Our current and future environment

This plan is published in a time of significant change. The country is in its third year of the global pandemic.

As a region we have seen Covid affect sectors like tourism and hospitality, health, construction, manufacturing, digital technologies and the primary sector, as the supply of migrant workers largely stopped and global supply chains have been disrupted, putting businesses under significant pressure. Households have suffered from lockdowns and job losses, and demand for assistance for vulnerable workers and their whānau has grown hugely. At the same time, we have seen the power and skill of Iwi and communities to connect, engage and get difficult things done, and there is enormous will to harness and continue this momentum and energy.

Many other factors will impact our future. The skills we need are going to change; technology and new ways of working will drive a large part of this, and it’s crucial that we have a workforce that not only has skills for today’s work but is equipped to adapt and grow in the face of whatever changes, or shocks, we may face. This is particularly true for workers who have always been most vulnerable to these shocks.

One of above-mentioned shocks we know we will face is climate change. It’s outside of the scope of this plan to fully outline the climate change narrative for our region, but we know that it will change where we live, how we live and travel, what we grow and where we grow it, and what infrastructure we need. All of these have implications for workforce development; climate change mitigation measures may see decline or growth in employment within sectors and new skills will be needed. To ensure a just transition, intervention will be needed to ensure nobody is left behind and that we as a region have the skills we need.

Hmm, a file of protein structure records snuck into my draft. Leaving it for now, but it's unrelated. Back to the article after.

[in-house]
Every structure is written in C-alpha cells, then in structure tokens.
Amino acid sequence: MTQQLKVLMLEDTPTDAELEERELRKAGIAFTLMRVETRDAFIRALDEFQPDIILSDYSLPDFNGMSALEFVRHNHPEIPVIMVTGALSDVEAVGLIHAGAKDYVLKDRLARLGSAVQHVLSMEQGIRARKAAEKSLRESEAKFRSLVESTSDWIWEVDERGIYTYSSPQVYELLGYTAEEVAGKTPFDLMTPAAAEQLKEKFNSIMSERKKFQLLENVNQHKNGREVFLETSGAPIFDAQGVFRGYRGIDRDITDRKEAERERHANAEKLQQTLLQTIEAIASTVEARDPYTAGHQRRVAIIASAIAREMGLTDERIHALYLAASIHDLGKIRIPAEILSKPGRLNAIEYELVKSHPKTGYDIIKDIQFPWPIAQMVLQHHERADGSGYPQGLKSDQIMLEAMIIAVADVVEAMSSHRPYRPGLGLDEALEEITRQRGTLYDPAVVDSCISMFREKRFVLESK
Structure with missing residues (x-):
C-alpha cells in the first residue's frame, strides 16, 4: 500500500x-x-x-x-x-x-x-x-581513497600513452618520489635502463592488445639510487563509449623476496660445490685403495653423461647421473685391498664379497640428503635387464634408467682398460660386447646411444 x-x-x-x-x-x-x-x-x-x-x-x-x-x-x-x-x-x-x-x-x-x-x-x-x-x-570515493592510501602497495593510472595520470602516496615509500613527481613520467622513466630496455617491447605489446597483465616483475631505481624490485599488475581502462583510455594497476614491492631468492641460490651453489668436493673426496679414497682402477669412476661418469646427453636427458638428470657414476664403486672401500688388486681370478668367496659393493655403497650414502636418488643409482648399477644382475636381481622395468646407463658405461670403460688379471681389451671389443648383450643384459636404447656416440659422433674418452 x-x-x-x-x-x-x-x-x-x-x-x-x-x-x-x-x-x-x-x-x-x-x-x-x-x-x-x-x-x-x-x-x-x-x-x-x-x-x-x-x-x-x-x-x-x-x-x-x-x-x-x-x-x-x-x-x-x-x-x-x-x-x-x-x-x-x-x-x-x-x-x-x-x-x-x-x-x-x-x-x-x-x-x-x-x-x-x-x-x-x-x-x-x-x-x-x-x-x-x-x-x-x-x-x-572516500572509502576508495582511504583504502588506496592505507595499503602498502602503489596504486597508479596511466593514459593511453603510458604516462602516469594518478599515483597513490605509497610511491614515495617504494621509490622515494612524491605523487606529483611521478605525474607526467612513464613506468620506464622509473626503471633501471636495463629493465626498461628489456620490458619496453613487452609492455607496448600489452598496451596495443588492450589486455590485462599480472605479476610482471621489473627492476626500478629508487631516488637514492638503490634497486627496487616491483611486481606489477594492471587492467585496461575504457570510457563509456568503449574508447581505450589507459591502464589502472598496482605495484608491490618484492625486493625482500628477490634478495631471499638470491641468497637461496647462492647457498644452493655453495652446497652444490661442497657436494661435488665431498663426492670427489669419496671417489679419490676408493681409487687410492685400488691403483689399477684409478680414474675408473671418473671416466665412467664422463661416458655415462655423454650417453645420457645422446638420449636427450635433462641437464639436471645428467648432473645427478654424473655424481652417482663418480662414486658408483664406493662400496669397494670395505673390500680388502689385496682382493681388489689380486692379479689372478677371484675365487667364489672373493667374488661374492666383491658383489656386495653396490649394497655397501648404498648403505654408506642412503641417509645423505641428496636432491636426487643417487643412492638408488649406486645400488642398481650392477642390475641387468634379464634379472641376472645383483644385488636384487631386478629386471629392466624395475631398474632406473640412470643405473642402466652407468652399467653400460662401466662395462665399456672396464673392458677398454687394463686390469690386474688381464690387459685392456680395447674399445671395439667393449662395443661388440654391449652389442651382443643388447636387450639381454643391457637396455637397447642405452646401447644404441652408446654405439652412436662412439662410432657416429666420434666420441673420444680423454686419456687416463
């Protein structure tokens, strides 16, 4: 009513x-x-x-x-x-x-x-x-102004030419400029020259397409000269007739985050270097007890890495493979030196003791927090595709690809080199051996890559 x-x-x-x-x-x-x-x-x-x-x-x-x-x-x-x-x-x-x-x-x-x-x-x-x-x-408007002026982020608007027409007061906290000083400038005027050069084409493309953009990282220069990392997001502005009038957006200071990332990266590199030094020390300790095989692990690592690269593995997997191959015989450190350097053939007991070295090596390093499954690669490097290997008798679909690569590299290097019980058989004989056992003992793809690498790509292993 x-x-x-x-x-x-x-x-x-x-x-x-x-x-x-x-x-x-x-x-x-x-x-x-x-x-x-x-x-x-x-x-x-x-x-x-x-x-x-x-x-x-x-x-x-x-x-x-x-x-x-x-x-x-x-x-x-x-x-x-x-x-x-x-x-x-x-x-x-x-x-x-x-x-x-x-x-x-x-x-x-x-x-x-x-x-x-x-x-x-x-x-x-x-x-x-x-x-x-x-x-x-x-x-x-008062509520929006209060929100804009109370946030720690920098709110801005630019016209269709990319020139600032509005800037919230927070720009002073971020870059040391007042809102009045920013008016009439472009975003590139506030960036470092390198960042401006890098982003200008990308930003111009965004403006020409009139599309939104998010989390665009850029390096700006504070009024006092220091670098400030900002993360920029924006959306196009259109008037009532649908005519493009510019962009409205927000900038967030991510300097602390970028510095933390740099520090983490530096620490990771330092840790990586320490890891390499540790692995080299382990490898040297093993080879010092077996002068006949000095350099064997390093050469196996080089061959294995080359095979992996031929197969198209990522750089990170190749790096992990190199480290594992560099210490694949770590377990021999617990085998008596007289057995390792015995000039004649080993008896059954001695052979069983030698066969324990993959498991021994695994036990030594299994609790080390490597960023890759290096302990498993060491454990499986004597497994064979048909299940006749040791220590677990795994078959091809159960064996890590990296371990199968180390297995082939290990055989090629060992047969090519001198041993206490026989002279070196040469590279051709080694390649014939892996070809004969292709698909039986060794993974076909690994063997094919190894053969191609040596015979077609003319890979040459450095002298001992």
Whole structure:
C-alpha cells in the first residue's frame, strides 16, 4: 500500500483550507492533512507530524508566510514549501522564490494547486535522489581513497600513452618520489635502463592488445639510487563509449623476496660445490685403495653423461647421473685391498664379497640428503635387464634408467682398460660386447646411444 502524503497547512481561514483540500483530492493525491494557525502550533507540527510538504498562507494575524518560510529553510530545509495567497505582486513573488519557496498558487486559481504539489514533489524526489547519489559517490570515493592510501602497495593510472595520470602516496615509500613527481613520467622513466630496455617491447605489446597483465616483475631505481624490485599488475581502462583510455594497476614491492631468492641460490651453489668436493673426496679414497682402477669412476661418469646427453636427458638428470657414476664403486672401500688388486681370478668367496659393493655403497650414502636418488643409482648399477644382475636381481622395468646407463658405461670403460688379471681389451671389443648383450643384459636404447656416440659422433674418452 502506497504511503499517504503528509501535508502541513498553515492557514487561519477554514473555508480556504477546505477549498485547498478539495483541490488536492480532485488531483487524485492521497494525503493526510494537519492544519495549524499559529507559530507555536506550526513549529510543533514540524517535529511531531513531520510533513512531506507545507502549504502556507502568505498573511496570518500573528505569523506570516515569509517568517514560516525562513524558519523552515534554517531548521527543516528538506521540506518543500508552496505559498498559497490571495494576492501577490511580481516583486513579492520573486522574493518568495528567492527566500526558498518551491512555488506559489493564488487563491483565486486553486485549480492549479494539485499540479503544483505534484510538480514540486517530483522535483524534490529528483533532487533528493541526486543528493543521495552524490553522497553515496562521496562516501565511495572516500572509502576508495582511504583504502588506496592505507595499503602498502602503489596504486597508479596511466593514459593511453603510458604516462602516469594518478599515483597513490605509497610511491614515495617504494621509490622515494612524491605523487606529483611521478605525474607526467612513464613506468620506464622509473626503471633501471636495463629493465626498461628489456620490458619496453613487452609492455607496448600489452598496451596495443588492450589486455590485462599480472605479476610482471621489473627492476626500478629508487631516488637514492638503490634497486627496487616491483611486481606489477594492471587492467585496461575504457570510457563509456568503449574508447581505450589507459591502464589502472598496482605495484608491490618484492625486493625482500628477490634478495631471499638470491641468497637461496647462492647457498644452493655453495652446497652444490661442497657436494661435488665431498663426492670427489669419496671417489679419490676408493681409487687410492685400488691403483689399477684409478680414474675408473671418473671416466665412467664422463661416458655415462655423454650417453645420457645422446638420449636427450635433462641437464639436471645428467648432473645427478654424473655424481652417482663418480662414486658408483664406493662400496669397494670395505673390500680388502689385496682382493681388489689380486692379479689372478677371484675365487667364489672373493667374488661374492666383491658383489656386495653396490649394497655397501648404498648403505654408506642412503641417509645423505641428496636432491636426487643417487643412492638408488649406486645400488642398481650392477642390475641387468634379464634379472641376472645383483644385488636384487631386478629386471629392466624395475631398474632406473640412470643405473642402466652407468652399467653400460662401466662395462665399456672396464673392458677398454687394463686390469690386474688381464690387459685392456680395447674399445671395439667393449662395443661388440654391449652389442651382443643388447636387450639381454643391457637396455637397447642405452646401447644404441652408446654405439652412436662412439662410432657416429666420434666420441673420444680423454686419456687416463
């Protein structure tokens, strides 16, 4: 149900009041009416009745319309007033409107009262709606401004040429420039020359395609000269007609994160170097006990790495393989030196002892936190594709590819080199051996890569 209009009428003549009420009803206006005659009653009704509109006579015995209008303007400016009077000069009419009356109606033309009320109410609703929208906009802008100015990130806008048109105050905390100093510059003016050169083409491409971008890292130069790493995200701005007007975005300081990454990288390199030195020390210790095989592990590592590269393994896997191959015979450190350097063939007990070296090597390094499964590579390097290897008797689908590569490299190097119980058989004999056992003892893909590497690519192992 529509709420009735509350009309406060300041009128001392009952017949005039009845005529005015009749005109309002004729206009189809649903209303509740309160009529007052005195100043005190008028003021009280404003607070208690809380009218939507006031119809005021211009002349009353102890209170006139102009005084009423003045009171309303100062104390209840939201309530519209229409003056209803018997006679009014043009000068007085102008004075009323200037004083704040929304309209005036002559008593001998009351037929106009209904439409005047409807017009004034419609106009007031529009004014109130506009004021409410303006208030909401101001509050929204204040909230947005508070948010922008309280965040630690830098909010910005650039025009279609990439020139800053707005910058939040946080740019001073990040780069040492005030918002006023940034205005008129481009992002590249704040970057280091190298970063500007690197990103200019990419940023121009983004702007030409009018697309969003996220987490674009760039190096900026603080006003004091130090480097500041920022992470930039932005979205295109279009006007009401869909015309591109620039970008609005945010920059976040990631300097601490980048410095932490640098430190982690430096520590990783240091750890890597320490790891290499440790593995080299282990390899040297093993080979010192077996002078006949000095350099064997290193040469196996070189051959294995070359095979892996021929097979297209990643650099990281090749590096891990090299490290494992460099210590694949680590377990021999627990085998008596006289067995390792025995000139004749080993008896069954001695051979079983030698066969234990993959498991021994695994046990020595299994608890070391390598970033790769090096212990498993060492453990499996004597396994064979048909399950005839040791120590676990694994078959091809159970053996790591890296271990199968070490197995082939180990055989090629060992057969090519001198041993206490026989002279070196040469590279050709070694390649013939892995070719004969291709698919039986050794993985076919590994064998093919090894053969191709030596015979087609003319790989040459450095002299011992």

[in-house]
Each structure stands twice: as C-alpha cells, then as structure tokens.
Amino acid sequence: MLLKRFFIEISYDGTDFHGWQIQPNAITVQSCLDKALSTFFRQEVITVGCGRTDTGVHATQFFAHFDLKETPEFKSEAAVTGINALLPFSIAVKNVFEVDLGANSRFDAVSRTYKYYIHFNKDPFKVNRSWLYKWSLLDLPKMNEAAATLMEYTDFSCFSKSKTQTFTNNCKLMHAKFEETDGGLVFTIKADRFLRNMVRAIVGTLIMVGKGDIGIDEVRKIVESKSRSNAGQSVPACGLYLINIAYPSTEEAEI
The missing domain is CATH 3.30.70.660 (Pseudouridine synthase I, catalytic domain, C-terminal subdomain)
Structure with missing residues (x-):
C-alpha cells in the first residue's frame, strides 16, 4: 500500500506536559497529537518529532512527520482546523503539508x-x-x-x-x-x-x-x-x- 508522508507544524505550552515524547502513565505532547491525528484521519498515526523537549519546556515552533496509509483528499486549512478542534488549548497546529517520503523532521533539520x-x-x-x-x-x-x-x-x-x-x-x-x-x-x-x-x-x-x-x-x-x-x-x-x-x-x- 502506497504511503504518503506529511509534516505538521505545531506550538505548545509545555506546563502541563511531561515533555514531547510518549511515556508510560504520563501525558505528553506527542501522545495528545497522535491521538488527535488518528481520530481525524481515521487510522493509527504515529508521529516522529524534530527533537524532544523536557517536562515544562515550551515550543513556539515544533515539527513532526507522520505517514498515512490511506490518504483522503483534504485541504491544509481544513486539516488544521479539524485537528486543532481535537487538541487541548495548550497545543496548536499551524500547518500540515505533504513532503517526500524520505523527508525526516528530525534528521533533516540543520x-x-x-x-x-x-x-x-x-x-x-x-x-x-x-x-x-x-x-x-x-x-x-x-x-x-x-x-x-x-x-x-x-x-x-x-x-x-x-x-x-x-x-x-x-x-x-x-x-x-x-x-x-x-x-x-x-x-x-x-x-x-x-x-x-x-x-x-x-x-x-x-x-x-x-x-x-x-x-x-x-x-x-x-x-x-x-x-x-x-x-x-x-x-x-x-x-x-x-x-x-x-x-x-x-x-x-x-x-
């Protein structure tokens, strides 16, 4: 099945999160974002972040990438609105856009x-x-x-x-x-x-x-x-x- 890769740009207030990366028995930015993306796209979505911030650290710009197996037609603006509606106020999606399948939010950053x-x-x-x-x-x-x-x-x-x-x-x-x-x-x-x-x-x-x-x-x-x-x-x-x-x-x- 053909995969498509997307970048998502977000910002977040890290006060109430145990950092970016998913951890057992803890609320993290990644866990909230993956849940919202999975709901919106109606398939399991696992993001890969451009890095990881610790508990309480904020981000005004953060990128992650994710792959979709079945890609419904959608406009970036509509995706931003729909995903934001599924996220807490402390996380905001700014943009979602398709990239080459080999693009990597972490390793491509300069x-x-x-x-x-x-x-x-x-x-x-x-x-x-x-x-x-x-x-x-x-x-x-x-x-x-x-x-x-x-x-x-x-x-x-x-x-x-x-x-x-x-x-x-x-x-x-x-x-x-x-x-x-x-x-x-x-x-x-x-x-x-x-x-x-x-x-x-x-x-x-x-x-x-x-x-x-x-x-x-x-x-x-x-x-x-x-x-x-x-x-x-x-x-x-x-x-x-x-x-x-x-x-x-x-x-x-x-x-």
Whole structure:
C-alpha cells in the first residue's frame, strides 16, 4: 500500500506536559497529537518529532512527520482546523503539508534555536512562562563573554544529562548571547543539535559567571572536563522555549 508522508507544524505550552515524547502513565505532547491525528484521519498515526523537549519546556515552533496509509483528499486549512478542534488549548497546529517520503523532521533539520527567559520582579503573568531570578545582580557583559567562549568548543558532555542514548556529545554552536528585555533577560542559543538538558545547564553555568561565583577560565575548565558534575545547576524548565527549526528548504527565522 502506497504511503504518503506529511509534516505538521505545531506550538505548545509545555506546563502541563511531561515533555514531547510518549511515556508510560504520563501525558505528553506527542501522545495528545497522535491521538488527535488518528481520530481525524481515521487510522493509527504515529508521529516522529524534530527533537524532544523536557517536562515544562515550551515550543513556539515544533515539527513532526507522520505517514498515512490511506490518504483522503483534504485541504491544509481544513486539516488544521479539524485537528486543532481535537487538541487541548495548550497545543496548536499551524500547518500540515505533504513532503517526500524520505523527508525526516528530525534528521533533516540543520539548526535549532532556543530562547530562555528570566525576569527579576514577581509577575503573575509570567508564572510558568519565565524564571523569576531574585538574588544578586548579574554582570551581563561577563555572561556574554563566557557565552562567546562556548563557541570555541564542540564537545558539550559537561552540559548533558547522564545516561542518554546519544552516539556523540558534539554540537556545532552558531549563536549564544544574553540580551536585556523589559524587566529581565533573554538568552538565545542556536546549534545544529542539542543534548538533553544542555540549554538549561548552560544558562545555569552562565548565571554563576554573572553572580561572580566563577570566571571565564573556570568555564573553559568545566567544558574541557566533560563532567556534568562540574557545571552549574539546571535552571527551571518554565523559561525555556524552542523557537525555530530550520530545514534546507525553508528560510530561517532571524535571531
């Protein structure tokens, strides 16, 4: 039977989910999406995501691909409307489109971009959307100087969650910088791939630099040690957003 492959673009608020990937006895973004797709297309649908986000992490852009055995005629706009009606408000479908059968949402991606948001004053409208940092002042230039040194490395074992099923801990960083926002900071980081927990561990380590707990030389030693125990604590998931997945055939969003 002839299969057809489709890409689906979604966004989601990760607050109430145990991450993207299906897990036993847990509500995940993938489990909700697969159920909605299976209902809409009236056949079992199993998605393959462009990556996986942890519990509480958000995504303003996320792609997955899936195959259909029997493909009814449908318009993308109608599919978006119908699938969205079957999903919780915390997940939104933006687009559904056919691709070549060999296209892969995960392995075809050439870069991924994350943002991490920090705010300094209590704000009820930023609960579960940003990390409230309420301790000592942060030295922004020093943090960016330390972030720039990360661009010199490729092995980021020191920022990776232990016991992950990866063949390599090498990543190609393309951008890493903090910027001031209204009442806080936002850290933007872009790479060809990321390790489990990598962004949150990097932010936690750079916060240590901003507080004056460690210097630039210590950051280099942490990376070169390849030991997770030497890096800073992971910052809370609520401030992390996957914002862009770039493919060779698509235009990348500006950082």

The way we work is changing. More people are working by distance, and from home, and technology will continue to develop and enable different ways of working. We have a proportion of work that sits outside formal employer-employee boundaries, with no expectations of on-going relationships (the gig economy). These things have significant implications for training provision and responsibilities, as well as the security of work.

Our population is changing. We are growing as a region, the European part of our population is ageing, while the Māori and Pacific populations are younger and will make up larger proportions of the workforce in the future. All of this has implications for skill training and workforce needs. See the section 'Other factors affecting our workforce’ for more on future population:

Other factors affecting our workforce

Finally, and more immediately, our group was born out of the Reform of Vocational Education (RoVE), the most significant change to the vocational education system in 30 years. As we implement this plan, we will work closely with the new Workforce Development Councils (WDCs) as they develop better and more responsive skills training that meets the needs of employers, workers, industry and the economy as a whole. While WDCs will set standards, develop qualifications and help shape the curriculum for vocational education, arranging and delivery of training, including work-based learning, will largely be through Te Pūkenga, the new entity which brings together previously autonomous polytechnics. Wānanga and Private Training Establishments will also have a role in delivery. Our advice and collaboration with them will help to ensure our region can access the skills training delivery it needs.